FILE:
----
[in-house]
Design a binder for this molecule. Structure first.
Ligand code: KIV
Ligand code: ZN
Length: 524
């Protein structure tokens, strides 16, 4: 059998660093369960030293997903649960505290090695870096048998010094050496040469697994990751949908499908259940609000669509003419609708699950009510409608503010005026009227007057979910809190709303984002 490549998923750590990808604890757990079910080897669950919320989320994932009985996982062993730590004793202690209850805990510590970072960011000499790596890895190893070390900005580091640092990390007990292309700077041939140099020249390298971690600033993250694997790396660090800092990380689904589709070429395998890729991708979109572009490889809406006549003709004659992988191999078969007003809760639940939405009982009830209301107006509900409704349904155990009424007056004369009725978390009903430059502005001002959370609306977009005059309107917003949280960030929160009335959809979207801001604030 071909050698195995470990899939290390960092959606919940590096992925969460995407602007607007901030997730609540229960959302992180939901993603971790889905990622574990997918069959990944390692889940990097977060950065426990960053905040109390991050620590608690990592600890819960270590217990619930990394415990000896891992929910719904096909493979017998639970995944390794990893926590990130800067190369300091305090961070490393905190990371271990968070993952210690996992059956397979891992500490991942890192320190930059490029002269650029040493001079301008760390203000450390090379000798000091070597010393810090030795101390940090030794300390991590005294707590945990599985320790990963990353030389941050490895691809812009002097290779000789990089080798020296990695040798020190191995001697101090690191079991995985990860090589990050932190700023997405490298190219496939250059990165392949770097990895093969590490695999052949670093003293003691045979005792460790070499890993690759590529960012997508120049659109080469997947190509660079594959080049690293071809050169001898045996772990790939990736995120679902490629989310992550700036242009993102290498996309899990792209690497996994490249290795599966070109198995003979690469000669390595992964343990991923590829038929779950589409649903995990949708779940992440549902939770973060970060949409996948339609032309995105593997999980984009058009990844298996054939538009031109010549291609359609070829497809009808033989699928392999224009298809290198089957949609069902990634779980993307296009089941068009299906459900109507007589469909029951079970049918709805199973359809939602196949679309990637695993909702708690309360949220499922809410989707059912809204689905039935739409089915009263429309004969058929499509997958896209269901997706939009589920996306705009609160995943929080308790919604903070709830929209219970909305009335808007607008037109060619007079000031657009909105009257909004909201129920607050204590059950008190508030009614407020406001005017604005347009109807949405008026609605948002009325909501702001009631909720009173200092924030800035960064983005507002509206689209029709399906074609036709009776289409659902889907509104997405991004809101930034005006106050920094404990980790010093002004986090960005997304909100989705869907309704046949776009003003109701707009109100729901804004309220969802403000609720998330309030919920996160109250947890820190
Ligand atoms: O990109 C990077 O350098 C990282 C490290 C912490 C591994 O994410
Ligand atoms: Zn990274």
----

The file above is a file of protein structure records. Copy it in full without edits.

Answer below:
[in-house]
Design a binder for this molecule. Structure first.
Ligand code: KIV
Ligand code: ZN
Length: 524
């Protein structure tokens, strides 16, 4: 059998660093369960030293997903649960505290090695870096048998010094050496040469697994990751949908499908259940609000669509003419609708699950009510409608503010005026009227007057979910809190709303984002 490549998923750590990808604890757990079910080897669950919320989320994932009985996982062993730590004793202690209850805990510590970072960011000499790596890895190893070390900005580091640092990390007990292309700077041939140099020249390298971690600033993250694997790396660090800092990380689904589709070429395998890729991708979109572009490889809406006549003709004659992988191999078969007003809760639940939405009982009830209301107006509900409704349904155990009424007056004369009725978390009903430059502005001002959370609306977009005059309107917003949280960030929160009335959809979207801001604030 071909050698195995470990899939290390960092959606919940590096992925969460995407602007607007901030997730609540229960959302992180939901993603971790889905990622574990997918069959990944390692889940990097977060950065426990960053905040109390991050620590608690990592600890819960270590217990619930990394415990000896891992929910719904096909493979017998639970995944390794990893926590990130800067190369300091305090961070490393905190990371271990968070993952210690996992059956397979891992500490991942890192320190930059490029002269650029040493001079301008760390203000450390090379000798000091070597010393810090030795101390940090030794300390991590005294707590945990599985320790990963990353030389941050490895691809812009002097290779000789990089080798020296990695040798020190191995001697101090690191079991995985990860090589990050932190700023997405490298190219496939250059990165392949770097990895093969590490695999052949670093003293003691045979005792460790070499890993690759590529960012997508120049659109080469997947190509660079594959080049690293071809050169001898045996772990790939990736995120679902490629989310992550700036242009993102290498996309899990792209690497996994490249290795599966070109198995003979690469000669390595992964343990991923590829038929779950589409649903995990949708779940992440549902939770973060970060949409996948339609032309995105593997999980984009058009990844298996054939538009031109010549291609359609070829497809009808033989699928392999224009298809290198089957949609069902990634779980993307296009089941068009299906459900109507007589469909029951079970049918709805199973359809939602196949679309990637695993909702708690309360949220499922809410989707059912809204689905039935739409089915009263429309004969058929499509997958896209269901997706939009589920996306705009609160995943929080308790919604903070709830929209219970909305009335808007607008037109060619007079000031657009909105009257909004909201129920607050204590059950008190508030009614407020406001005017604005347009109807949405008026609605948002009325909501702001009631909720009173200092924030800035960064983005507002509206689209029709399906074609036709009776289409659902889907509104997405991004809101930034005006106050920094404990980790010093002004986090960005997304909100989705869907309704046949776009003003109701707009109100729901804004309220969802403000609720998330309030919920996160109250947890820190
Ligand atoms: O990109 C990077 O350098 C990282 C490290 C912490 C591994 O994410
Ligand atoms: Zn990274």